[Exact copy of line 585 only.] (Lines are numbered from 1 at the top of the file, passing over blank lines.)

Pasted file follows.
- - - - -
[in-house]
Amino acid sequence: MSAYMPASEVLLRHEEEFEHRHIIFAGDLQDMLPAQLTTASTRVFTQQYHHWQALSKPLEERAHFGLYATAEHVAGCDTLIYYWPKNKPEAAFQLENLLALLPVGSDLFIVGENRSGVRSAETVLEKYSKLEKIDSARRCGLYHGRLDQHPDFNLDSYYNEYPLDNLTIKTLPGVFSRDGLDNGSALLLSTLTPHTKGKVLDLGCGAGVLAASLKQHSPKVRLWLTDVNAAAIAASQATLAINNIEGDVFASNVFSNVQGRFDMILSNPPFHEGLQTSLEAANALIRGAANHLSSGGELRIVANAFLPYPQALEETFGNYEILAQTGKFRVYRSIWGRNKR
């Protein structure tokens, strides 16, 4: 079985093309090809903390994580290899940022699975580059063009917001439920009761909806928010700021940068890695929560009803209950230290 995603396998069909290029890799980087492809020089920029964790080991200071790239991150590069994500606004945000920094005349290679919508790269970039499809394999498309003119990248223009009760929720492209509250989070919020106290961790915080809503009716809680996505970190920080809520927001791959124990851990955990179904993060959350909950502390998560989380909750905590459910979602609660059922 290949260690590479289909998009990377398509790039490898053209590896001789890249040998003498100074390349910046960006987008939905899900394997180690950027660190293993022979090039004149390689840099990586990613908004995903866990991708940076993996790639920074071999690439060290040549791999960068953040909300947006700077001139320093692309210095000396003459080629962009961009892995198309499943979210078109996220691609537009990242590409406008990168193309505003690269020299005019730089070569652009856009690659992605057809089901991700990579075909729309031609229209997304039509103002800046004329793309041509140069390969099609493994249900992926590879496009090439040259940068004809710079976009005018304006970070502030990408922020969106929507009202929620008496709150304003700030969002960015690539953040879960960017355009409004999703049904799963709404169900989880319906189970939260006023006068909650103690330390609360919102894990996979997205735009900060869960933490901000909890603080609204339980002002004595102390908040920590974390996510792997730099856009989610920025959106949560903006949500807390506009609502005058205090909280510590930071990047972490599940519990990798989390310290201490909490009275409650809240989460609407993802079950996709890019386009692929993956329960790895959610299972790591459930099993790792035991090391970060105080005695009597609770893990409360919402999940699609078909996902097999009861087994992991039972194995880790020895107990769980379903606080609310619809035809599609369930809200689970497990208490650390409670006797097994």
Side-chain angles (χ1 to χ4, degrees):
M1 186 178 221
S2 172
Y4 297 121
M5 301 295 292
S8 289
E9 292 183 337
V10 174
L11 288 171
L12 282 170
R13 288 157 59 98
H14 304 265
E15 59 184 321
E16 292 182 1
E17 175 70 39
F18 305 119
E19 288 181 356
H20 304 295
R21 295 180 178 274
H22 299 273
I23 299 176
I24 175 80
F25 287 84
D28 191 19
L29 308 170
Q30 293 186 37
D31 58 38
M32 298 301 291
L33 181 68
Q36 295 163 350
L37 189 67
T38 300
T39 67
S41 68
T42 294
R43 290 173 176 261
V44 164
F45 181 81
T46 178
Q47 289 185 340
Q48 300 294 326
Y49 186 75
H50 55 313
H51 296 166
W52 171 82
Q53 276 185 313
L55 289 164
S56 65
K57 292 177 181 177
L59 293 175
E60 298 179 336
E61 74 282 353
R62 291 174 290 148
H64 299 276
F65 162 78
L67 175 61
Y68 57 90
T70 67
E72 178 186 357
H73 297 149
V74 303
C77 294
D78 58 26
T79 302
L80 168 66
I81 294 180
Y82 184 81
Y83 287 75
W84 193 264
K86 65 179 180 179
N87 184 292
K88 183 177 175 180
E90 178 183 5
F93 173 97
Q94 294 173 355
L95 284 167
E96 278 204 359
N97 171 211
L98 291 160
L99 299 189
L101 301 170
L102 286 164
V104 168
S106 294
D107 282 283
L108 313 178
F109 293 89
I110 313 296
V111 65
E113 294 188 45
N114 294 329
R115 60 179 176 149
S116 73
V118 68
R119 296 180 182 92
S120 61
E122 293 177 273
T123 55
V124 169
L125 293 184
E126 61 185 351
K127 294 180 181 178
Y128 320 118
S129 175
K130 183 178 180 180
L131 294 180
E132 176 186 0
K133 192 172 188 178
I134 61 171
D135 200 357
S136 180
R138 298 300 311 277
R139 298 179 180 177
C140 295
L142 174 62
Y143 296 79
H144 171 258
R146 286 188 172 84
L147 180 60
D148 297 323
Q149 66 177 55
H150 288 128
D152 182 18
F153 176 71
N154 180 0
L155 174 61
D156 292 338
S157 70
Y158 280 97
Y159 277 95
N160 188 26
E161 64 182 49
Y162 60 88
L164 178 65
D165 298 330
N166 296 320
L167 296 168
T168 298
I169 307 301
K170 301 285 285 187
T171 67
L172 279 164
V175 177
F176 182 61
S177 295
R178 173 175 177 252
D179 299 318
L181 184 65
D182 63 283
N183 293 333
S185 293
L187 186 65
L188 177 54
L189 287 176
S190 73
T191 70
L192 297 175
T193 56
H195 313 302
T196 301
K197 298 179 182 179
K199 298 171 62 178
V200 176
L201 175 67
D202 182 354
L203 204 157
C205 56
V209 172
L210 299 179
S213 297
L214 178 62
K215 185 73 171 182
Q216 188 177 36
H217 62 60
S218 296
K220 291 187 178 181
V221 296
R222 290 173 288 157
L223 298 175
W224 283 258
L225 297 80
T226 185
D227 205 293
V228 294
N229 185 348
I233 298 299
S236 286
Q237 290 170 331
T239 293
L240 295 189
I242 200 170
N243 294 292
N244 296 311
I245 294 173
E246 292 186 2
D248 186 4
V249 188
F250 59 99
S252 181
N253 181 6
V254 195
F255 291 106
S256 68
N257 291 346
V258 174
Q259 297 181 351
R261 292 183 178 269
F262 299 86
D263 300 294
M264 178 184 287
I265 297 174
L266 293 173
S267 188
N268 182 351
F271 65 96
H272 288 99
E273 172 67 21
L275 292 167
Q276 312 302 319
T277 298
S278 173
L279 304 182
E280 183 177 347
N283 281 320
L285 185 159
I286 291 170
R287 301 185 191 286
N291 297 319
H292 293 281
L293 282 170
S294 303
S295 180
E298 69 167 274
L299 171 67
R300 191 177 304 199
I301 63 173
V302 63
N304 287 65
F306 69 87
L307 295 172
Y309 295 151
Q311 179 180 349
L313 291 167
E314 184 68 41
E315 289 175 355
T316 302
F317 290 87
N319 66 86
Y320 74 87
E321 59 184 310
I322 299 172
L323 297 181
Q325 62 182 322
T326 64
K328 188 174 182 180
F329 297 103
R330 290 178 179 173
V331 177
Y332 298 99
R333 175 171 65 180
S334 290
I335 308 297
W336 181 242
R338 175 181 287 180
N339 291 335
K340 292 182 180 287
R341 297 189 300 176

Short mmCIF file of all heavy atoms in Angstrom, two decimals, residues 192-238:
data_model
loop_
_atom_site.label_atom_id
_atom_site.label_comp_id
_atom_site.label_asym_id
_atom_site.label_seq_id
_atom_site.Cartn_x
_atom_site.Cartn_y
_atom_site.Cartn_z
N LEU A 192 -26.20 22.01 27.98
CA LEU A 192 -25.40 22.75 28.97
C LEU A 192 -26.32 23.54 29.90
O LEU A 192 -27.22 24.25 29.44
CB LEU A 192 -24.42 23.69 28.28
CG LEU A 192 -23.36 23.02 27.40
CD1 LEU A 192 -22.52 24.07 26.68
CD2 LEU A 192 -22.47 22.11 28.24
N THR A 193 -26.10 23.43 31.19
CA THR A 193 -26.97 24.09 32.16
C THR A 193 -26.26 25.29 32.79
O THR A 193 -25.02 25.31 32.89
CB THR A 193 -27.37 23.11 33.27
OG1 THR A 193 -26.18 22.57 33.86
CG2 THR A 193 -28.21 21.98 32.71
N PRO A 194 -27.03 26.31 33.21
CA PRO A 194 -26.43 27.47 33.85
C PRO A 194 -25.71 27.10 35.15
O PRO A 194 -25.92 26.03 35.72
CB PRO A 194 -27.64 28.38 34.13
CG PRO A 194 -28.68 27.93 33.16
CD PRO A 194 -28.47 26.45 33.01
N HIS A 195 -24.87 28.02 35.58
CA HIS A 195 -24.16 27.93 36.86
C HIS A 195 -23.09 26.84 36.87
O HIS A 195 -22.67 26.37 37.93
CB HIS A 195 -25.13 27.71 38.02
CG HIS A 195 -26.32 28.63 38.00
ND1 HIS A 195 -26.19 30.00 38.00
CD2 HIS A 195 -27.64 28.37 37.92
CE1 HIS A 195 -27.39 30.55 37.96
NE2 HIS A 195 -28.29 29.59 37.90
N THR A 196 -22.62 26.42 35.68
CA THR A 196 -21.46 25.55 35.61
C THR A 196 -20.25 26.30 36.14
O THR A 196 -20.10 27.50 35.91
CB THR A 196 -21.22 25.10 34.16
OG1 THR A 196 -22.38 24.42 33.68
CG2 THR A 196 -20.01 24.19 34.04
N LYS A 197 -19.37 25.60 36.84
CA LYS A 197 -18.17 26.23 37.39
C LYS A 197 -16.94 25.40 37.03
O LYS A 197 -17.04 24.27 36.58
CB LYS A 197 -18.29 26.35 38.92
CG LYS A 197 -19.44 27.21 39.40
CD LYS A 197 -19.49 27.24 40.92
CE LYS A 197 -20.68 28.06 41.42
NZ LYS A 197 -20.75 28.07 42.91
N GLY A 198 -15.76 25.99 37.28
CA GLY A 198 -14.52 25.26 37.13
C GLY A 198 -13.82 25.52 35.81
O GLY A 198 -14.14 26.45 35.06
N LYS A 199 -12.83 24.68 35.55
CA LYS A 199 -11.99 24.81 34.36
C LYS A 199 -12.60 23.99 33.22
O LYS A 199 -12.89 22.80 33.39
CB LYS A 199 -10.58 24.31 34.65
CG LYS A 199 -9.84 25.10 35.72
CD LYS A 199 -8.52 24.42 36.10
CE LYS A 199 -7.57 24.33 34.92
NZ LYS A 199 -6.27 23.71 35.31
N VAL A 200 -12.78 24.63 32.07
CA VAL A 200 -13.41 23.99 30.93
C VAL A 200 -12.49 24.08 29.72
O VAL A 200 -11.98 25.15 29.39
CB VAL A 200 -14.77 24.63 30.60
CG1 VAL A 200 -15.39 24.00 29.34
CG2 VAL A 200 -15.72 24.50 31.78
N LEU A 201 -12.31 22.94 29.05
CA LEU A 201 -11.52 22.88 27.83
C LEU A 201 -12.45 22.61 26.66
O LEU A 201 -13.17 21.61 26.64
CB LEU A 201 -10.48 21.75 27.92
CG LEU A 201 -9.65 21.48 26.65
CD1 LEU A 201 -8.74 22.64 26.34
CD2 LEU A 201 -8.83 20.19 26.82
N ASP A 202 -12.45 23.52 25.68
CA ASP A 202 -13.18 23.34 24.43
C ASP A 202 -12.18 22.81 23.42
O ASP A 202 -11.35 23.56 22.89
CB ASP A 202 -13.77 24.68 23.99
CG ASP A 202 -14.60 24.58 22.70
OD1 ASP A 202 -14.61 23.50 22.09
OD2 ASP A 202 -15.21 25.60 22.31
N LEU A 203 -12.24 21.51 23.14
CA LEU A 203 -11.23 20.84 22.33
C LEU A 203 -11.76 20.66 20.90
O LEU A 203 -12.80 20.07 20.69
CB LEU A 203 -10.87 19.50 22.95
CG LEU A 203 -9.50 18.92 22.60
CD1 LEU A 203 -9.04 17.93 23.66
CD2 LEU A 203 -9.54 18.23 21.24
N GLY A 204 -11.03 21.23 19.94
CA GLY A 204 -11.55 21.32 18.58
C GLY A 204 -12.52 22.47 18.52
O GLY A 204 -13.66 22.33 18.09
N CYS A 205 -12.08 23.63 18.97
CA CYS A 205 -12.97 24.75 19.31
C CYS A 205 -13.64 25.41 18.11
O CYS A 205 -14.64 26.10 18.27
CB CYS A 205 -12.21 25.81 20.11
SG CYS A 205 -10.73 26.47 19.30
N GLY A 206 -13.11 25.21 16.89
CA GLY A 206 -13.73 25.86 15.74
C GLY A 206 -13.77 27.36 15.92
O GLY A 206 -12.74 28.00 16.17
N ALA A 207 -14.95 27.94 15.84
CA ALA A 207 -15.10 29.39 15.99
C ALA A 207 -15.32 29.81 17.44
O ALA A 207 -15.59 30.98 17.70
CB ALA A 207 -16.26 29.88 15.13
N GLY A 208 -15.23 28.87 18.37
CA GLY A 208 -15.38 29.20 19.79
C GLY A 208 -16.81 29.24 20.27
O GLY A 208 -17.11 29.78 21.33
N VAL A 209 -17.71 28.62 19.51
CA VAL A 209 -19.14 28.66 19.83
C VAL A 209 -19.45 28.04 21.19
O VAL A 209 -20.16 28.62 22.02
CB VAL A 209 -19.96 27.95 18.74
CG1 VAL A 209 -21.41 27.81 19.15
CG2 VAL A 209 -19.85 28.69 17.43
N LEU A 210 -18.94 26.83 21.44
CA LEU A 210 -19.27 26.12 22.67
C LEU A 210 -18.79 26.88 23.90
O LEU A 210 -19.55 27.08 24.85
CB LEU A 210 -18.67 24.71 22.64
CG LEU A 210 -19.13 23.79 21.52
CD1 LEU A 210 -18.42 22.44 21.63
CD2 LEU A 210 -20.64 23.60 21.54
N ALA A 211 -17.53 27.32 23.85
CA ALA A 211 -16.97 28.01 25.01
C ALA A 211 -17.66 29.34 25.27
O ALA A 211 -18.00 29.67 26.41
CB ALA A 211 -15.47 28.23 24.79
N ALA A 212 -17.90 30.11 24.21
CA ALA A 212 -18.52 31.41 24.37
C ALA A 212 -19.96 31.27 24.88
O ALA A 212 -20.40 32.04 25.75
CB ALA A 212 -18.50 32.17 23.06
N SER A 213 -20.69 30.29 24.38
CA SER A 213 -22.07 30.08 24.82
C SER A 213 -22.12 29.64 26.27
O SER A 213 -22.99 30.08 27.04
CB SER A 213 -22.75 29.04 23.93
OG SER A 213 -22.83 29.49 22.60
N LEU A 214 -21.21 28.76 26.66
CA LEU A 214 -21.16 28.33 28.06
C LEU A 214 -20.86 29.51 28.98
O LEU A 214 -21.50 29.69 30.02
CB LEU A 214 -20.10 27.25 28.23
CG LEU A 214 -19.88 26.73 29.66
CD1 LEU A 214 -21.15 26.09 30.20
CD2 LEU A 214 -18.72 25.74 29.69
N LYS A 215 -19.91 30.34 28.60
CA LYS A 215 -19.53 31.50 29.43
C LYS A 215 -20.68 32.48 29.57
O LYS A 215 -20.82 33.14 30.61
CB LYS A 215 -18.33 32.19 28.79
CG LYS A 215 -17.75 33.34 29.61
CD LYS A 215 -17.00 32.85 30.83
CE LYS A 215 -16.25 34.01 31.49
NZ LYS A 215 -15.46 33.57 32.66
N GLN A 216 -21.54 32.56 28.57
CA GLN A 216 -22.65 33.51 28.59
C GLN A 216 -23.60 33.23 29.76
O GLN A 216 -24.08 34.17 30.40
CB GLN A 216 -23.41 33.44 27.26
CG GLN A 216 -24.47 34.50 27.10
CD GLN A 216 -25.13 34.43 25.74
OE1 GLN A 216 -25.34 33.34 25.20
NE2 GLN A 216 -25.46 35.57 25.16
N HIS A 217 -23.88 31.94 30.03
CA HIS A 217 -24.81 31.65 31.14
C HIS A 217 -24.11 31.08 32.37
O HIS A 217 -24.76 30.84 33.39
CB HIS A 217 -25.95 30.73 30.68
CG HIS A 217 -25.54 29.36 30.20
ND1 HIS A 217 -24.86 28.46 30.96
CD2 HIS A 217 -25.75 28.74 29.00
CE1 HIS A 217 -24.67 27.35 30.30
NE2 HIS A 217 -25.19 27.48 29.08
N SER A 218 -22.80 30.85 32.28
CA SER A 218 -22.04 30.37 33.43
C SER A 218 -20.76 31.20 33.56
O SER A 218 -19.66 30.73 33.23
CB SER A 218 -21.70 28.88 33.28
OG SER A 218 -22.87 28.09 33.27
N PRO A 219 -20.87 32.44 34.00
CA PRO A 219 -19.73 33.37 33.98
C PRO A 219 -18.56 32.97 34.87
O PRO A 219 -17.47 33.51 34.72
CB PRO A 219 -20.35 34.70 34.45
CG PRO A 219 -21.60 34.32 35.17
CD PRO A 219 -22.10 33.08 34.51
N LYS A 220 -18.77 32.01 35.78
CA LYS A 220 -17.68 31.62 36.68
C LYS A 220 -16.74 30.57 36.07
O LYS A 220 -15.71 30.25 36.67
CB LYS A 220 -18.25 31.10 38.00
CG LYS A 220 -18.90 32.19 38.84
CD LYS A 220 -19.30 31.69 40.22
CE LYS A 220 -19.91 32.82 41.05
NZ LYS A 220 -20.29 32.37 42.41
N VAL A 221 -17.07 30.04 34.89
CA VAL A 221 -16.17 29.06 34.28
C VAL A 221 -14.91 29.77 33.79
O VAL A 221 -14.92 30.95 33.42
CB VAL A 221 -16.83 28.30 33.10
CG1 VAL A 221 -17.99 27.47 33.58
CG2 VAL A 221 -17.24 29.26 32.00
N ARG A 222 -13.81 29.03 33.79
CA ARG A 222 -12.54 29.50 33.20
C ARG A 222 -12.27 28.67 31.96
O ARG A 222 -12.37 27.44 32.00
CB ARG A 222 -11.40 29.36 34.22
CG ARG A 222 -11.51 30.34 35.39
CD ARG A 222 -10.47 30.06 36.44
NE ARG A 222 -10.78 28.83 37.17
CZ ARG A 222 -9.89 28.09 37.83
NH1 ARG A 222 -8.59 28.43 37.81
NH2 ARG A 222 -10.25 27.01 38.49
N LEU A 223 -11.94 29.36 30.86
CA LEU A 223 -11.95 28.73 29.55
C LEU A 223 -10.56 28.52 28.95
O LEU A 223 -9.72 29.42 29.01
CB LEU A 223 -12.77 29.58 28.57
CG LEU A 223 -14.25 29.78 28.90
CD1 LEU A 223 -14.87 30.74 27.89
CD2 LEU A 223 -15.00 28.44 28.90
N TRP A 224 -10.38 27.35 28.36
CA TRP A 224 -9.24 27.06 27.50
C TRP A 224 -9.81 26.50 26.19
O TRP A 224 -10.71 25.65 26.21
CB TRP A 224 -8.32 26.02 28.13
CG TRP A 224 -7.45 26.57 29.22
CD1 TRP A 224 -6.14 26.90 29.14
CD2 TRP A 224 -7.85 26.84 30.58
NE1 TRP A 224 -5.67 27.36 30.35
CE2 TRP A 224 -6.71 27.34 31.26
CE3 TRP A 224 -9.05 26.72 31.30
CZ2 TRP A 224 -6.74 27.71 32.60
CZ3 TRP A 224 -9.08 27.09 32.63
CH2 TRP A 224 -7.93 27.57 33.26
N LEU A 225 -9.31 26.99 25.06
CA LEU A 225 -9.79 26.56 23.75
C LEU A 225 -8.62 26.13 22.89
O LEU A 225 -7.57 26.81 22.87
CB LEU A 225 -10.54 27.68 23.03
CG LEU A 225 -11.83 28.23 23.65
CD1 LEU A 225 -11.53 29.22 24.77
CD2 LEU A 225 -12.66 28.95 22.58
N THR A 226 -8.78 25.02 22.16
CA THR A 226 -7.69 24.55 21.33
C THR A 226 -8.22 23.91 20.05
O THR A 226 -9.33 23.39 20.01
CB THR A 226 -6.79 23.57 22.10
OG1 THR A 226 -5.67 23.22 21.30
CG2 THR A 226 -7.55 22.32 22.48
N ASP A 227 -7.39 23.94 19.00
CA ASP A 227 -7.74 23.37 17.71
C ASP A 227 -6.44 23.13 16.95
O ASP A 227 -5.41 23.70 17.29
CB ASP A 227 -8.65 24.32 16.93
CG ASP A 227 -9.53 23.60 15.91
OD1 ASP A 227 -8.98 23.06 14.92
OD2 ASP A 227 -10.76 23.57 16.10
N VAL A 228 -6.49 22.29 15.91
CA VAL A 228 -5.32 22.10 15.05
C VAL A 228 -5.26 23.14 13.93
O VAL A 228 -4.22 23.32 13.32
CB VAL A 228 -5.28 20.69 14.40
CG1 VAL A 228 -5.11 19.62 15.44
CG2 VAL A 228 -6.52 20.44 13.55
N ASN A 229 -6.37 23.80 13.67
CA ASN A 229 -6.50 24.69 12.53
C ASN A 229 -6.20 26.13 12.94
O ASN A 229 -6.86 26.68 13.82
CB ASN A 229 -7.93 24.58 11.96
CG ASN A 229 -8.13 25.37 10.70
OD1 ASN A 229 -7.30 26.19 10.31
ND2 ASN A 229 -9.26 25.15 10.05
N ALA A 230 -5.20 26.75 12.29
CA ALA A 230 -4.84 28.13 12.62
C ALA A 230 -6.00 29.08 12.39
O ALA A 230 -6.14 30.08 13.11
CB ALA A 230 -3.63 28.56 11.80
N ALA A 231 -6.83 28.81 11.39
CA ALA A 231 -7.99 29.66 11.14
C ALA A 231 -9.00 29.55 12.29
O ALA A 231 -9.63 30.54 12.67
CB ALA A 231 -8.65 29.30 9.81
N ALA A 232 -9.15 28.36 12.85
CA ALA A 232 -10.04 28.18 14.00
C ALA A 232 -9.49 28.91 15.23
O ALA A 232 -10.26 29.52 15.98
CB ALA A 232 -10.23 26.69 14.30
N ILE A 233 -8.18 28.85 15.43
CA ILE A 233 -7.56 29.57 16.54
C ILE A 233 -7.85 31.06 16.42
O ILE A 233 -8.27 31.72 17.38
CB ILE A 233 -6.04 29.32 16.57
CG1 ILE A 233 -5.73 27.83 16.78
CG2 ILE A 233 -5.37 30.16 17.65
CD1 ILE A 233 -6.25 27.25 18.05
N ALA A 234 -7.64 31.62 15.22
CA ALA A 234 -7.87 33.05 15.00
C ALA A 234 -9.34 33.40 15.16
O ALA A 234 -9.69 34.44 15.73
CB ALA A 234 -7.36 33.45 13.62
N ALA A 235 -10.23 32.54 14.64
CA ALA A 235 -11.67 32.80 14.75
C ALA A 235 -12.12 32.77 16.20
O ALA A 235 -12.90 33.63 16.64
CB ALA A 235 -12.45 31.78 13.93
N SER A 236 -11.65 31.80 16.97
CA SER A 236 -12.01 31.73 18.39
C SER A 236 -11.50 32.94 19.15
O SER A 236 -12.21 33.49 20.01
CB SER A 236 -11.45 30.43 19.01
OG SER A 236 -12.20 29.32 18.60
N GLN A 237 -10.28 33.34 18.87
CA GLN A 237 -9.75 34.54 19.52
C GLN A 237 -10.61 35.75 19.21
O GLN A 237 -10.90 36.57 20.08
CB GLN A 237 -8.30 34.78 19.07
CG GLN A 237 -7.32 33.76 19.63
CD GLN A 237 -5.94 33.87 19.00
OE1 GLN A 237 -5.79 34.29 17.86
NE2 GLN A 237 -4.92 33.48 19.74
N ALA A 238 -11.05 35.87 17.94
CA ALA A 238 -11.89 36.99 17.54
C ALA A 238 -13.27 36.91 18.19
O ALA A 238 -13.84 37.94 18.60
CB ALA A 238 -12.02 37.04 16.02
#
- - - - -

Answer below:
CD1 ILE A 233 -6.25 27.25 18.05